S.M. Sanzani, C. Cariddi, A. Roccotelli, F. Garganese, F. Fallanaj, A. Ippolito
doi: 10.4454/JPP.V95I1.025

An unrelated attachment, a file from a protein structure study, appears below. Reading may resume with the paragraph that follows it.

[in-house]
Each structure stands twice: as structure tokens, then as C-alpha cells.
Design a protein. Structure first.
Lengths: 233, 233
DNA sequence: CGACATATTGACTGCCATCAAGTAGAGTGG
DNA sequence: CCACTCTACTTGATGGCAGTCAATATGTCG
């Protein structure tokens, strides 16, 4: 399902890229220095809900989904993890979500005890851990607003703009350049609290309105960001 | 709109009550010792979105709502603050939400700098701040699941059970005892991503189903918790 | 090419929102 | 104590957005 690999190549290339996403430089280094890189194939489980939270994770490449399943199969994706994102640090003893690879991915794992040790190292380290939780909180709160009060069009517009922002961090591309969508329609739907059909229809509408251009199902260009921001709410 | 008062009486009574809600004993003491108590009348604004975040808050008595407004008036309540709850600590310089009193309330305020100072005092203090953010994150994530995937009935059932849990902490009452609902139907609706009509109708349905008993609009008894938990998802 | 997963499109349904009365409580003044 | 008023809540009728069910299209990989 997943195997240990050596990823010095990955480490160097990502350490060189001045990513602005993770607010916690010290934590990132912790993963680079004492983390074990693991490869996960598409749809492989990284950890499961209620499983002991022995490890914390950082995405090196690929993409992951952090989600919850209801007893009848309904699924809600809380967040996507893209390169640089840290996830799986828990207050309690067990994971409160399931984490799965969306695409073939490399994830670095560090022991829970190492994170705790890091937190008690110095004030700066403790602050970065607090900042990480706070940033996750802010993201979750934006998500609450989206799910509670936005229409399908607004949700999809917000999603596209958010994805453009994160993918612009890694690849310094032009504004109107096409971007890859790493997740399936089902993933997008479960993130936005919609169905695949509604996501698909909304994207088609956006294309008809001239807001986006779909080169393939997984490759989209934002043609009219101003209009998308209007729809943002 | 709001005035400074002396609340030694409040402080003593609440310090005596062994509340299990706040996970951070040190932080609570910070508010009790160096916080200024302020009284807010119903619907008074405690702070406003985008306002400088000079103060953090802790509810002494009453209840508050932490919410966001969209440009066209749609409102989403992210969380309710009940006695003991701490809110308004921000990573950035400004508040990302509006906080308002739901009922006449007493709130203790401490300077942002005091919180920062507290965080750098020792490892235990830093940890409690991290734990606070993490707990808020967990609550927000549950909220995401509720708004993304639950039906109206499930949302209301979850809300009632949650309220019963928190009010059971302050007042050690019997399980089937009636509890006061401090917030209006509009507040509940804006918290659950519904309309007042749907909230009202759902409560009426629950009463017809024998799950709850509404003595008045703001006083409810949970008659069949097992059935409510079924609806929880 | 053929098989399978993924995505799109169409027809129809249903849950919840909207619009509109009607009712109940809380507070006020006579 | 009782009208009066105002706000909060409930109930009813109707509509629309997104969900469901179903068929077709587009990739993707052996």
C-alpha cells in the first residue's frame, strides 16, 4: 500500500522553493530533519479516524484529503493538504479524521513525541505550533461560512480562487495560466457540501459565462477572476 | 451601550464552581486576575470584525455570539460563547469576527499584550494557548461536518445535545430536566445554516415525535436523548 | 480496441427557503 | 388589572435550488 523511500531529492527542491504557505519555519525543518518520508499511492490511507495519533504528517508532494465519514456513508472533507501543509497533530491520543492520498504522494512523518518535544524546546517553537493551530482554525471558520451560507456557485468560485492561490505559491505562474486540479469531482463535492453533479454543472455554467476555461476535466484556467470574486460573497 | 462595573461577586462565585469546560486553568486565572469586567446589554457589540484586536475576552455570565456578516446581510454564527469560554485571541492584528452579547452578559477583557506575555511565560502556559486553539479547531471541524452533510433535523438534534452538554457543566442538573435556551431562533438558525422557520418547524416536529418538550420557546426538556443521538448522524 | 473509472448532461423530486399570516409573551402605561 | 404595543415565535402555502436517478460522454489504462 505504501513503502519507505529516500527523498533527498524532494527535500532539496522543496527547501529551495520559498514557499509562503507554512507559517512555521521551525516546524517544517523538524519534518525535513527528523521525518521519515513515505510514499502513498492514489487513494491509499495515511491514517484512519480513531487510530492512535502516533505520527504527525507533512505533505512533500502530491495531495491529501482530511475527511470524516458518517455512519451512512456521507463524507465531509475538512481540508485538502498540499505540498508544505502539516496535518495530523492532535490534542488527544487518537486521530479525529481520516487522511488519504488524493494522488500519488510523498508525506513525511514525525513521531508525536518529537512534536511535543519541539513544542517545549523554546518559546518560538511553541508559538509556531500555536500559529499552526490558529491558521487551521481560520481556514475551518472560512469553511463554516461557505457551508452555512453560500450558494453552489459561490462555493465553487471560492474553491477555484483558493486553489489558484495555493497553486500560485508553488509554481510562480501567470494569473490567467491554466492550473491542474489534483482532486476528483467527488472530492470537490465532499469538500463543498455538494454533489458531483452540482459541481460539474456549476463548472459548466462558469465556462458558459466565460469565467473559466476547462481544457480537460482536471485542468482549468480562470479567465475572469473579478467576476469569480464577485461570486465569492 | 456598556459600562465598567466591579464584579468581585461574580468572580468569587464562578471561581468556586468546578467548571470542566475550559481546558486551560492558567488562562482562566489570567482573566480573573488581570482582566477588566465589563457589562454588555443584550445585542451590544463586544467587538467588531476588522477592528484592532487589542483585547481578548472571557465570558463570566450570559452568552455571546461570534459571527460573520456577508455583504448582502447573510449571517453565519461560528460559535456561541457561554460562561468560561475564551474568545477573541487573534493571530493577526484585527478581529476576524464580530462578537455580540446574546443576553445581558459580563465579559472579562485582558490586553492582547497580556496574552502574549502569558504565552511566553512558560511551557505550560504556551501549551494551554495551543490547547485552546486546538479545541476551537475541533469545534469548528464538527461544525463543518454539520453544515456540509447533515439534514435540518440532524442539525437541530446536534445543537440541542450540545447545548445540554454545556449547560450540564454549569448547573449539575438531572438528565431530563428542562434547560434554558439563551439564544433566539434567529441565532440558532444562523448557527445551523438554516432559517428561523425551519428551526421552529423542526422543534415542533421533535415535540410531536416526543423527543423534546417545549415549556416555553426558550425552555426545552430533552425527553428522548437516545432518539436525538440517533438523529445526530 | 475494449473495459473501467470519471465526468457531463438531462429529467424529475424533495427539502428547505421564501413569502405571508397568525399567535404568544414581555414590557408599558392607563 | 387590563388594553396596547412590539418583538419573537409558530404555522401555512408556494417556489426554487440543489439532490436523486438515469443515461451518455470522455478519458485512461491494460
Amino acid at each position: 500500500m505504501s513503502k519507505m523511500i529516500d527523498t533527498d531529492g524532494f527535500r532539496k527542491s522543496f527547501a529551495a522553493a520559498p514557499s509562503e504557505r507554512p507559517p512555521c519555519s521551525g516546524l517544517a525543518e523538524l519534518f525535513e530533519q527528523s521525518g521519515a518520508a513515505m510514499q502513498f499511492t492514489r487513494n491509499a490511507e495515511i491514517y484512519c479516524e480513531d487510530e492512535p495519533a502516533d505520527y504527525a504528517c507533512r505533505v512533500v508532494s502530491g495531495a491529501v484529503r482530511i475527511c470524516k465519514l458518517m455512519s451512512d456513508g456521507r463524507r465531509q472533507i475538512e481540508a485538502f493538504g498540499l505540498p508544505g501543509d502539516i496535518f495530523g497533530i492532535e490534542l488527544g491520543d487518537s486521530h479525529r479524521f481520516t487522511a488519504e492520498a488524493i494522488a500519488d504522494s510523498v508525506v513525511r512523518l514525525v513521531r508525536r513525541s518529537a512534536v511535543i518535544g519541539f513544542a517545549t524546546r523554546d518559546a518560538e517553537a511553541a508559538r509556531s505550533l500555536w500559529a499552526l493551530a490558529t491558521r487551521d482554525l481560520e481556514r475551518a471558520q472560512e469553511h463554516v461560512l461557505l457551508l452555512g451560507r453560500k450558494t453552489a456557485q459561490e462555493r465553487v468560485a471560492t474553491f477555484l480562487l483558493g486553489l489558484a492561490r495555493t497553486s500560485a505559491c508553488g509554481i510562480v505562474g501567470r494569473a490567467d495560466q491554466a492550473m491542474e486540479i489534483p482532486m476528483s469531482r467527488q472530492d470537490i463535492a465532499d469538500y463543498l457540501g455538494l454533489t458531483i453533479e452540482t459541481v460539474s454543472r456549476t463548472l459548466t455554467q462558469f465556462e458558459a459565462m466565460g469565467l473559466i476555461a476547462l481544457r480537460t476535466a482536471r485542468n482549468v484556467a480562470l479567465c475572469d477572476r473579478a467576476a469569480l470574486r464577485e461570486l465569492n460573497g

Gibberella avenacea R.J. Cook, [syn. Fusarium avenaceum (Fr.) Sacc.] is a widely distributed plant pathogen and the causal agent of wet apple core rot (wACR), a disease that develops inside the fruits and remains undetected until they are eaten (Sørensen et al., 2009). In 2012, wACR symptoms were observed in apples cv. Golden Delicious from a southern Italian orchard. Diseased carpel tissues were colonized by a white mycelium, whereas the surrounding mesocarp tissues showed a light-brown wet rot. Single spore cultures were grown on PDA slants and carnation leaf agar (CLA) plates. On PDA slants, after 14 days at alternating day/night temperatures of 25/20°C and a 12 h photoperiod, the fungus formed abundant floccose white mycelium with pale orange sporodochia and released a greyish-rose pigment in the agar. Macroconidia formed on CLA were 40-80!3.5-4 "m, slightly falcate, thin-walled, usually 5 septate, with a tapering apical cell. Microconidia and chlamydospores were absent. Based on these morphological characters the fungus was identified as G. avenacea. For molecular confirmation, DNA was extracted from the fungal mycelium (Sanzani et al., 2012), its internal transcribed spacer regions ITS1 and ITS2, including the 5.8S gene, were amplified using the universal primers ITS5/ITS4 (White et al., 1990) and sequenced (GenBank KC342826). BLAST analysis of the 424 bp amplicon showed 100% identity with other G. avenacea/F. avenaceum ITS sequences from database. This is the first report of G. avenacea as causal agent of wACR in Italy. G. avenacea infections constitute an economical problem for growers and a safety issue due to the potential production of mycotoxins such as moniliformin and enniatins (Sørensen et al., 2009).